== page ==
Students in the 5th and 6th grade social studies program this month continued to explore this election cycle and human development. To continue our exploration of the election, students split into teams to analyze the first debate. Each team was given a third of the debate from which they had to extract policy stances and important quotes and make a decision on who was helped or hurt by the debate. We also discussed and learned about issues in American elections such as voter suppression, disenfranchisement, criticisms and purpose of the electoral college, as well as, gerrymandering.


To continue our exploration of human development, students studied and presented on various early hominid species.


As part of our ongoing exploration of current events, students discussed issues of the election cycle, the after effects of Hurricane Matthew, the Yellow Umbrella Movement, the conflict in Syria and its roots, and relations between the United States and Russia.

7th and 8th Grades

We welcomed our Guatemalan exchange student, Ana (Anita), into the middle school with a special meeting and an ice cream treat. Anita is a participant of the Faces & Our Cultures Program and will be with us until Winter Break. She is presenting information about Guatemala to our UFS students and is learning English while experiencing our American culture.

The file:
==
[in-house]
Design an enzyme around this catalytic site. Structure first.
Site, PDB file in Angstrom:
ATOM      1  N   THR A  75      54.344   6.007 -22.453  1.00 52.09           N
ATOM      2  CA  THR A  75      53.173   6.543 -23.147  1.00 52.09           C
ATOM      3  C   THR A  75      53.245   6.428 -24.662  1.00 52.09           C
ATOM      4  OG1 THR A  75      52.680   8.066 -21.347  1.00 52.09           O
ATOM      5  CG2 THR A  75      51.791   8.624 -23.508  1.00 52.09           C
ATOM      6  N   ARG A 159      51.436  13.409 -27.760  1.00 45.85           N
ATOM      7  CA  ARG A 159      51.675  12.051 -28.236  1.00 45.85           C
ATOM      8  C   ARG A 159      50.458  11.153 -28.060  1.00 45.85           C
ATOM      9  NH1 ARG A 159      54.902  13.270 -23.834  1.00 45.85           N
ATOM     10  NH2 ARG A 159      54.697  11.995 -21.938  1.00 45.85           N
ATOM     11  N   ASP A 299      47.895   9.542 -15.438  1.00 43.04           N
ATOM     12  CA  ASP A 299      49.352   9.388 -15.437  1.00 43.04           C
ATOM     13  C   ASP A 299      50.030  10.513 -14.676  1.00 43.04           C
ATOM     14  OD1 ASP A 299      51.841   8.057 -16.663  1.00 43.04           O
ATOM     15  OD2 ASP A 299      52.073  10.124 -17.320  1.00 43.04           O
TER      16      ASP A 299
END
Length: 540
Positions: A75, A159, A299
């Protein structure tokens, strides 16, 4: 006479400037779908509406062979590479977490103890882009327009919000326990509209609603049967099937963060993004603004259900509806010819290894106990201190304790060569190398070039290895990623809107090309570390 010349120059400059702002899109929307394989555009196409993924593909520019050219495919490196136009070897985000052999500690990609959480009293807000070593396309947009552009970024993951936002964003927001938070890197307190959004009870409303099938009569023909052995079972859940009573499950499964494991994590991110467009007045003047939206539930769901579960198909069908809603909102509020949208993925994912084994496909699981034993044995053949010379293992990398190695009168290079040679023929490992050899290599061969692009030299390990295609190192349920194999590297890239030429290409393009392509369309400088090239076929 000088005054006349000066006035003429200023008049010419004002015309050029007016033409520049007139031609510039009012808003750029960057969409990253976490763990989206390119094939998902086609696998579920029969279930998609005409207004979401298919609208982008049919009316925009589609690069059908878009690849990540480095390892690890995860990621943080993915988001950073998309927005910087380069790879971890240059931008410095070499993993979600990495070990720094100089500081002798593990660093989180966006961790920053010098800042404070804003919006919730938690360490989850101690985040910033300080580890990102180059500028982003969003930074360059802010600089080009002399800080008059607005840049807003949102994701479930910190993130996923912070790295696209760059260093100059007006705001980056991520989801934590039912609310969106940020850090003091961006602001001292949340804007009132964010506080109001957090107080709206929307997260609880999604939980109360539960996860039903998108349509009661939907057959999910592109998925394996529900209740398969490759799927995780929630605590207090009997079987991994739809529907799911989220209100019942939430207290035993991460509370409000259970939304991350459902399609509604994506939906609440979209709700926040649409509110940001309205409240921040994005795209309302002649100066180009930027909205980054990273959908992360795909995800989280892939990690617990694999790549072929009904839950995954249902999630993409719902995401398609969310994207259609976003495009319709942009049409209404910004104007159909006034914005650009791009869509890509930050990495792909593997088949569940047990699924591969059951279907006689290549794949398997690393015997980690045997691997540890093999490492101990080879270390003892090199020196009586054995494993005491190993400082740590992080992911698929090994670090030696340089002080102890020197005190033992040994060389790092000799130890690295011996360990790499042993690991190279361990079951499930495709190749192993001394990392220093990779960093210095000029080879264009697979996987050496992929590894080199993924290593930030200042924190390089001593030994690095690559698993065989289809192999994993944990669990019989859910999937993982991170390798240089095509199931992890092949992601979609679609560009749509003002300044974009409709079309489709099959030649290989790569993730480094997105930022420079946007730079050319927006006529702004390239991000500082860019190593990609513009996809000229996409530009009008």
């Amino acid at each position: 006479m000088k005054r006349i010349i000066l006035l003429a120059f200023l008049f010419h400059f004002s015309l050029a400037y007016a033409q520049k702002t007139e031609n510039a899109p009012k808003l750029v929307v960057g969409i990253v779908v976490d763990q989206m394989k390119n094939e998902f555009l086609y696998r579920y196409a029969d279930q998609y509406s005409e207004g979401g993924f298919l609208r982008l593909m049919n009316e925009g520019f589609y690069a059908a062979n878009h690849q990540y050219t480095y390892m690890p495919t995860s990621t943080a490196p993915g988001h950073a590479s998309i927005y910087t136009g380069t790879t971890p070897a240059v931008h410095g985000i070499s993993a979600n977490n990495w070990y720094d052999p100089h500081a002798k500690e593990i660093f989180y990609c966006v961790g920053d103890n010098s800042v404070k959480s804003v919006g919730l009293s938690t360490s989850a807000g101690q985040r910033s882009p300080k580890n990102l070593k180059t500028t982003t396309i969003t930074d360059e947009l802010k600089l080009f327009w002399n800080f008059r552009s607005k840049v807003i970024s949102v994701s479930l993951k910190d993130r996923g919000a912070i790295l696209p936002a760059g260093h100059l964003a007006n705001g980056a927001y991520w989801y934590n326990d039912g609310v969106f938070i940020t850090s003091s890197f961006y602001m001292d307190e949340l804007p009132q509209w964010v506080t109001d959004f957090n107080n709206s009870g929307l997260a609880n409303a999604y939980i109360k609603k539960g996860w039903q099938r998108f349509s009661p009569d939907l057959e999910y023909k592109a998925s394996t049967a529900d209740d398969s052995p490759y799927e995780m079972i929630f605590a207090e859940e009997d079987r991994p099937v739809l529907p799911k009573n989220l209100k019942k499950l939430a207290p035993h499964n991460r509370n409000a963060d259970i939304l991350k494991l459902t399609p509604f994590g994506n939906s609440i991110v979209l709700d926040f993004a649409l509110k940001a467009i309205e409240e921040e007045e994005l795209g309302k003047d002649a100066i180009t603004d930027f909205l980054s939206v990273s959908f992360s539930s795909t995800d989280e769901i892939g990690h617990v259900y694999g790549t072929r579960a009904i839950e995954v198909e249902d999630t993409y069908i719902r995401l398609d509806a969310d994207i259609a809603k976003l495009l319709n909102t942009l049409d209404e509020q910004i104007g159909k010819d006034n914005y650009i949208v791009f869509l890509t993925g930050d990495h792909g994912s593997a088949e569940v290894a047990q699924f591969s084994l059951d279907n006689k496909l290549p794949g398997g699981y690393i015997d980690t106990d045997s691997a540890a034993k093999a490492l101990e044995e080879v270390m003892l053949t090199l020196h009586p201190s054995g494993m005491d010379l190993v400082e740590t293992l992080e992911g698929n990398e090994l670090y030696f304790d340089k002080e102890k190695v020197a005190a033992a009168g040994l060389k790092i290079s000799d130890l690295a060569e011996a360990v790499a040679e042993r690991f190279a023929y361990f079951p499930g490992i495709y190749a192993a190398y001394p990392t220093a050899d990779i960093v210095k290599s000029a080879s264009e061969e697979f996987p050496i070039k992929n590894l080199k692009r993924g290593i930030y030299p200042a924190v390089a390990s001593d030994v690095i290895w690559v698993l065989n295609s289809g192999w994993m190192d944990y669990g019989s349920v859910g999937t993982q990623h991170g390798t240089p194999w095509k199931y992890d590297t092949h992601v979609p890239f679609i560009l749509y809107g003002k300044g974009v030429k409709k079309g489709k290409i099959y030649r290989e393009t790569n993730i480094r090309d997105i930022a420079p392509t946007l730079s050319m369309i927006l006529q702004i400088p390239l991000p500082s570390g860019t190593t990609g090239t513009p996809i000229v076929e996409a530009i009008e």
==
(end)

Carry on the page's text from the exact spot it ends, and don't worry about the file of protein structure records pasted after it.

Language Arts

The students completed a Greek mythology mini-unit as a precursor to the next writing assignment. They read and annotated their thinking of the first chapter, Snow, in Farley’s novel, The Snow Walker. The author discusses the vastness of snow and identifies it as a fifth element. The writers are drafting their persuasive essays about a new fifth element. The 7th and 8th graders continue their vocabulary studies in either the Wordly Wise or Word Trek programs.

Math

Math homework is assigned on a weekly basis, with a recommended amount of time to be completed each week. This time is designed to include several types of work/play, including both specific assignments and more self-chosen, developmentally appropriate math initiatives such as puzzles and games. (Thus it is much like language arts assignments, in that some of the work is specific, but there is also time to be set aside for independent reading or writing in an area of interest.) In the case of math, that might be well-chosen puzzles, games, review of knotty material, exploration of new topics, or anything else that strikes the student’s fancy. That being said, the specifically assigned work from class needs to be completed in a timely fashion, as well, so there should be balance. In terms of time spent, it is fine for students to have nights when they do no homework and other nights when they do more.